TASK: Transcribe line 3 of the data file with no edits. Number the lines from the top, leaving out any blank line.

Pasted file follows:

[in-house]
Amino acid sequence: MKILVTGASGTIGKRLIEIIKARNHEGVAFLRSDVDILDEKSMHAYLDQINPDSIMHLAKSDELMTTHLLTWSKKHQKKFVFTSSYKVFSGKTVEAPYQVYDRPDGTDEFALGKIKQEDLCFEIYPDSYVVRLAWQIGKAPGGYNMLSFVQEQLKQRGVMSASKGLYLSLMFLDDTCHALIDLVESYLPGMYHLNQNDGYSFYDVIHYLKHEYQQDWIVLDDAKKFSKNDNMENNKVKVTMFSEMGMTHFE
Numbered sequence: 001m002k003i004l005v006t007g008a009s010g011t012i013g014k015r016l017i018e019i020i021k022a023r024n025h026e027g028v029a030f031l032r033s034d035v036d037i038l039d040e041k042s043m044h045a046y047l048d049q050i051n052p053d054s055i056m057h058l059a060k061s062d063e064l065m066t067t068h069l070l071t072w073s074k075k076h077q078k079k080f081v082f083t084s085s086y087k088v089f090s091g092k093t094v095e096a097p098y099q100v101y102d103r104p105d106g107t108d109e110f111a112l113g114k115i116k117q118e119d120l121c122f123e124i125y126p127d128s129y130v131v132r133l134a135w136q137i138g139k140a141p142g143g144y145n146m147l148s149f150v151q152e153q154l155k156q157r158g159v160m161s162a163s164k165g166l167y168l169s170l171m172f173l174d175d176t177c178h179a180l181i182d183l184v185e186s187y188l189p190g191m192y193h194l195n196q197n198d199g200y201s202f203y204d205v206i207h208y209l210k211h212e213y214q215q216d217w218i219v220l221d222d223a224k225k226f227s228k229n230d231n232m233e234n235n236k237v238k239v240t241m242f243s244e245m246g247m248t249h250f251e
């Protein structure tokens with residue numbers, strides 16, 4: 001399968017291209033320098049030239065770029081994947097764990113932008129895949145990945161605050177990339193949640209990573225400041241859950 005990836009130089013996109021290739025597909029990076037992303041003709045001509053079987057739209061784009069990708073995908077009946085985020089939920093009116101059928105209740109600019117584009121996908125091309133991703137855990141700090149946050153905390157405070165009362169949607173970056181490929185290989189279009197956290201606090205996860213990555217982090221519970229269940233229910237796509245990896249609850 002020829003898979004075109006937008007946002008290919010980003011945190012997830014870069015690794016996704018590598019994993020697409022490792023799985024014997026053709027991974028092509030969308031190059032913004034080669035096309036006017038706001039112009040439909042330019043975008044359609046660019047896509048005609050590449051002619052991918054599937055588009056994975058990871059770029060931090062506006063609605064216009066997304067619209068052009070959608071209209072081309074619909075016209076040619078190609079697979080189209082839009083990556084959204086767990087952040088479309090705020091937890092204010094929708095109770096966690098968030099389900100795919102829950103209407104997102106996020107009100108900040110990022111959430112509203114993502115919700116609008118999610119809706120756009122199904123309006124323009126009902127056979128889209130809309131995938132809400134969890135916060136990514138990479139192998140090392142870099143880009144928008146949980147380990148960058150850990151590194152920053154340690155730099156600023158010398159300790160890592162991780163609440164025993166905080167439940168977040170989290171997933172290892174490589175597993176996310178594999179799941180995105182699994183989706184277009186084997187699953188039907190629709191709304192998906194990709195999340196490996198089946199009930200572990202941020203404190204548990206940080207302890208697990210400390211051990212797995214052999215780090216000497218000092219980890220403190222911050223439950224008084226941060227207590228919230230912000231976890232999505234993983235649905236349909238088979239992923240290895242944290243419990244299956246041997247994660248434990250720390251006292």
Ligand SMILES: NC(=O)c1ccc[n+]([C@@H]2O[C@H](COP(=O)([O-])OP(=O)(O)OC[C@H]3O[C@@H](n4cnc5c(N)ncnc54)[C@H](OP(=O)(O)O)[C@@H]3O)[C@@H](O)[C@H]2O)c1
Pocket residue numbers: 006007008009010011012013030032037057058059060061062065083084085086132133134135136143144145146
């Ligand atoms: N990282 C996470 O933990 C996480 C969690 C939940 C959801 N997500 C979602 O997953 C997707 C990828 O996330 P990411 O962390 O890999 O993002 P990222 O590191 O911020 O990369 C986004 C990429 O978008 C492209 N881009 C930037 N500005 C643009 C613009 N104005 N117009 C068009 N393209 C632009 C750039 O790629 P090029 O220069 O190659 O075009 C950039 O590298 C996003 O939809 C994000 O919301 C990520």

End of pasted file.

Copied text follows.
Numbered sequence: 001m002k003i004l005v006t007g008a009s010g011t012i013g014k015r016l017i018e019i020i021k022a023r024n025h026e027g028v029a030f031l032r033s034d035v036d037i038l039d040e041k042s043m044h045a046y047l048d049q050i051n052p053d054s055i056m057h058l059a060k061s062d063e064l065m066t067t068h069l070l071t072w073s074k075k076h077q078k079k080f081v082f083t084s085s086y087k088v089f090s091g092k093t094v095e096a097p098y099q100v101y102d103r104p105d106g107t108d109e110f111a112l113g114k115i116k117q118e119d120l121c122f123e124i125y126p127d128s129y130v131v132r133l134a135w136q137i138g139k140a141p142g143g144y145n146m147l148s149f150v151q152e153q154l155k156q157r158g159v160m161s162a163s164k165g166l167y168l169s170l171m172f173l174d175d176t177c178h179a180l181i182d183l184v185e186s187y188l189p190g191m192y193h194l195n196q197n198d199g200y201s202f203y204d205v206i207h208y209l210k211h212e213y214q215q216d217w218i219v220l221d222d223a224k225k226f227s228k229n230d231n232m233e234n235n236k237v238k239v240t241m242f243s244e245m246g247m248t249h250f251e